Academic Buoyancy as an Explanatory Factor for College Student Achievement and Retention

Open Access
Strickland, Carolyn R
Graduate Program:
Educational Psychology
Doctor of Philosophy
Document Type:
Date of Defense:
February 06, 2015
Committee Members:
  • Rayne Audrey Sperling, Dissertation Advisor
  • Rayne Audrey Sperling, Committee Chair
  • Robert James Stevens, Committee Member
  • Peggy Noel Van Meter, Committee Member
  • Michael John Dooris, Committee Member
  • academic buoyancy
  • buoyancy
  • motivation
  • motivation and engagement
  • college student achievement
  • college student retention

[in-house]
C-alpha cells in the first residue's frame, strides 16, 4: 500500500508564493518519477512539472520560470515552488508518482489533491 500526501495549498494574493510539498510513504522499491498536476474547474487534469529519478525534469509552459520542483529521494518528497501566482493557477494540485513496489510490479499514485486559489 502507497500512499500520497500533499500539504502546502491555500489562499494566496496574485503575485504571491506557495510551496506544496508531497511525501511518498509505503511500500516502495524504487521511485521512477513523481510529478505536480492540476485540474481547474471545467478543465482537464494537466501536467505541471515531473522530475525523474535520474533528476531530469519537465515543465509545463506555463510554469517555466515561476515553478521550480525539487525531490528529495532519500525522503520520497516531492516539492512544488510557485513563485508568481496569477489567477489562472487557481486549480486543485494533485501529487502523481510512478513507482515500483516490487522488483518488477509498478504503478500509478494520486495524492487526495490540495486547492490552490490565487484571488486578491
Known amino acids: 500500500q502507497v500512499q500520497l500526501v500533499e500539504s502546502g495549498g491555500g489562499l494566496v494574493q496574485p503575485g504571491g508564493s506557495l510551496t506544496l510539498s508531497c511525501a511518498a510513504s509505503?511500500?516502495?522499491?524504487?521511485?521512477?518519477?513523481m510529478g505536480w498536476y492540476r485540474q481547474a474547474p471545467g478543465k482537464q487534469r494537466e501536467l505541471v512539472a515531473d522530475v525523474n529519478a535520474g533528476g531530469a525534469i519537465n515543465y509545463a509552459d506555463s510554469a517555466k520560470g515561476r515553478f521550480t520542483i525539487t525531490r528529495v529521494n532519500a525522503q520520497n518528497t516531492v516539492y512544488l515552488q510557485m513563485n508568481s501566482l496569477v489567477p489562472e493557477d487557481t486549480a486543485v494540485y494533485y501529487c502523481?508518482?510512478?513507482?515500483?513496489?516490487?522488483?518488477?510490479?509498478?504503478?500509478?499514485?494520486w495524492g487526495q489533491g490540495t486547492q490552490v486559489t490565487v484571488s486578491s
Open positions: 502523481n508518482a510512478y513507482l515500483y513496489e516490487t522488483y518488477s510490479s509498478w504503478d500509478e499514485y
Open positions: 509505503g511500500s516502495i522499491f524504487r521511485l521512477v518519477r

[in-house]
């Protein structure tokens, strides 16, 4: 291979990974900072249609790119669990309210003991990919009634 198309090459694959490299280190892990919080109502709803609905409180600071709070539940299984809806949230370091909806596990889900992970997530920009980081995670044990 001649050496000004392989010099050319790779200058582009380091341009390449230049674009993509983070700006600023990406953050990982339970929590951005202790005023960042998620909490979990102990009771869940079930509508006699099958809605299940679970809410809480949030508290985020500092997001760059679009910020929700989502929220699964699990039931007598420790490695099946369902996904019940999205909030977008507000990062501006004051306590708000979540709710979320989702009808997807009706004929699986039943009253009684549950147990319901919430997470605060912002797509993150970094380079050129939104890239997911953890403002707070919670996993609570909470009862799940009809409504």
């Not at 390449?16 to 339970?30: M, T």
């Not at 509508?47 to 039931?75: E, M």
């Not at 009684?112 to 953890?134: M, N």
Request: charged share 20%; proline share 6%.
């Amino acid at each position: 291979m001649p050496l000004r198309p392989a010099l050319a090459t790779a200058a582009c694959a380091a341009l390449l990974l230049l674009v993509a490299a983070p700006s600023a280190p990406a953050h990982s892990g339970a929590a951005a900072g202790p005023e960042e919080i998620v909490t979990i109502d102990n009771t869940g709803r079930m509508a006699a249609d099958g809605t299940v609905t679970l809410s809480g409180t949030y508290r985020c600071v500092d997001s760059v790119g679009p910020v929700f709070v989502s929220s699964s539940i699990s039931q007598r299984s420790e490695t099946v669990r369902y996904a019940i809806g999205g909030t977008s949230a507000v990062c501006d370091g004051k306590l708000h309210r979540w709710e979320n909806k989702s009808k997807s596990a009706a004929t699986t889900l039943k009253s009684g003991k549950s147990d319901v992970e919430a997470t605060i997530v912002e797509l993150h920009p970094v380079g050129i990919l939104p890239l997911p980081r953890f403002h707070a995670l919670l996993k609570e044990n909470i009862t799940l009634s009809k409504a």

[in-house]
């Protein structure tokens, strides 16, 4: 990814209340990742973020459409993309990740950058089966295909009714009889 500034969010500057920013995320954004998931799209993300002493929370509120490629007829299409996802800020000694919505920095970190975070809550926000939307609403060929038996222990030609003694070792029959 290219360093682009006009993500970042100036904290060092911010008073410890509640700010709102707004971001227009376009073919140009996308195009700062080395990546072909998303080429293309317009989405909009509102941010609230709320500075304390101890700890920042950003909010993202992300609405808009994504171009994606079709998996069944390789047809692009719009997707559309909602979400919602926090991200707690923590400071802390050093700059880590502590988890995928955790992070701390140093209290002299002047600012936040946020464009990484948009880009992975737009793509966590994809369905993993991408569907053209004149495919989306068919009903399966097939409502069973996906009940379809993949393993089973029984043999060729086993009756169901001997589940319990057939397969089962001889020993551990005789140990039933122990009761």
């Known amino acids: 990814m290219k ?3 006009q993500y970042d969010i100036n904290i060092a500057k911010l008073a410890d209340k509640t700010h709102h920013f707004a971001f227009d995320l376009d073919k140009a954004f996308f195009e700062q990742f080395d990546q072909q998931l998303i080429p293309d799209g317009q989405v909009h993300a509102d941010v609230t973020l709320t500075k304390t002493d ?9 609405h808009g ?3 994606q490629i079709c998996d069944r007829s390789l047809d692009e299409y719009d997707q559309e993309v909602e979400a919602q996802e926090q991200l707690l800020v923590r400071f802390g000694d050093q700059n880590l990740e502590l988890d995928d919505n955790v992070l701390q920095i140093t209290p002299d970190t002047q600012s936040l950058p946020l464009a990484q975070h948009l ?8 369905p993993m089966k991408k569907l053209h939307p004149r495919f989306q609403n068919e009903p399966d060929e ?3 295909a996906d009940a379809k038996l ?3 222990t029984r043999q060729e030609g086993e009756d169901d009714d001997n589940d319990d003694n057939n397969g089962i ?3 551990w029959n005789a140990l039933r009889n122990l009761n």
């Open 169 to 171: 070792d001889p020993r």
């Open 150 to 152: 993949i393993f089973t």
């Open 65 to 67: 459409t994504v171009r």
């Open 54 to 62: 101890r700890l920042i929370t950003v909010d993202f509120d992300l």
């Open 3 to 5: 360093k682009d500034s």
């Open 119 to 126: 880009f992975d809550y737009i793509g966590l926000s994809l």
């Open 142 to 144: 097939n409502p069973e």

Academic buoyancy generally refers to students’ ability to respond to everyday challenges in academic settings. Given the transitional issues known to be experienced by students during the first-year of college, a level of buoyancy sufficient to navigate routine obstacles is necessary for academic success. Two studies were conducted to explore the relationships among academic buoyancy, motivation, and academic achievement of first-year college students. Specifically, whether academic buoyancy is a better predictor of academic success, as measured by college GPA, than SAT scores and scores on college administered placement tests was examined. The Motivation and Engagement Scale for University and College students and the Academic Buoyancy Questionnaire were administered to first-year students enrolled in a Freshmen Year Experience course at a college of technology. In Study One (N=120), regression analysis of a limited sample indicated that academic buoyancy was a small but significant predictor of academic achievement (R2 =.052). In Study One, academic buoyancy was the only significant predictor of achievement of the variables explored, warranting further research on the buoyancy construct in a higher education setting. The findings from Study Two indicated that SATs were the strongest predictor of academic success, accounting for approximately 14% of the variance in students’ GPA at the end of the first-semester of college and for approximately 12% of the variance in students’ first-year cumulative GPA. Self-sabotage, uncertain control, persistence and failure avoidance were the motivational variables likely to be most predictive of academic success. However, academic buoyancy was also a significant predictor of first semester GPA, but to a smaller degree. When considered altogether, these results advance understanding of the academic buoyancy construct in higher education and extends existing research on college student motivation and academic achievement. They also establish the warrant for additional research on the role of buoyancy in relation to achievement and exploration of intervention strategies targeted at increasing individual student achievement and overall institutional retention rates.